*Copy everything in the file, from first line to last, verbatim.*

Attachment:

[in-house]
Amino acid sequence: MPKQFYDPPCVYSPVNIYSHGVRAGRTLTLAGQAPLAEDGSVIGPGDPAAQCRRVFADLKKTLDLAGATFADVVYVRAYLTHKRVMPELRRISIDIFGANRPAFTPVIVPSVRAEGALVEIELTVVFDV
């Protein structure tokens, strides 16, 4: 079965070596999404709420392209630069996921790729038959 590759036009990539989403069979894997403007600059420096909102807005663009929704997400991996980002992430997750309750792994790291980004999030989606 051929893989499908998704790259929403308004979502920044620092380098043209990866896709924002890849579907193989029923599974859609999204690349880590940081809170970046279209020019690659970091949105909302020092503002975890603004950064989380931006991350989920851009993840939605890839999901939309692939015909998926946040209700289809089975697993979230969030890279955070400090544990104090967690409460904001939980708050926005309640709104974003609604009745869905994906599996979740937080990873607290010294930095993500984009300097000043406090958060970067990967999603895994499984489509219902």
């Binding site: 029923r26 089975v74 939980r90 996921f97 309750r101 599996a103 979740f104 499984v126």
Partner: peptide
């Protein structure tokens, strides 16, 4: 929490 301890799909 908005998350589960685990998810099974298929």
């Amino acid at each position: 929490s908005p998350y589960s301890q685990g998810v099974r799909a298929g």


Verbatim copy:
[in-house]
Amino acid sequence: MPKQFYDPPCVYSPVNIYSHGVRAGRTLTLAGQAPLAEDGSVIGPGDPAAQCRRVFADLKKTLDLAGATFADVVYVRAYLTHKRVMPELRRISIDIFGANRPAFTPVIVPSVRAEGALVEIELTVVFDV
């Protein structure tokens, strides 16, 4: 079965070596999404709420392209630069996921790729038959 590759036009990539989403069979894997403007600059420096909102807005663009929704997400991996980002992430997750309750792994790291980004999030989606 051929893989499908998704790259929403308004979502920044620092380098043209990866896709924002890849579907193989029923599974859609999204690349880590940081809170970046279209020019690659970091949105909302020092503002975890603004950064989380931006991350989920851009993840939605890839999901939309692939015909998926946040209700289809089975697993979230969030890279955070400090544990104090967690409460904001939980708050926005309640709104974003609604009745869905994906599996979740937080990873607290010294930095993500984009300097000043406090958060970067990967999603895994499984489509219902």
């Binding site: 029923r26 089975v74 939980r90 996921f97 309750r101 599996a103 979740f104 499984v126």
Partner: peptide
């Protein structure tokens, strides 16, 4: 929490 301890799909 908005998350589960685990998810099974298929």
């Amino acid at each position: 929490s908005p998350y589960s301890q685990g998810v099974r799909a298929g």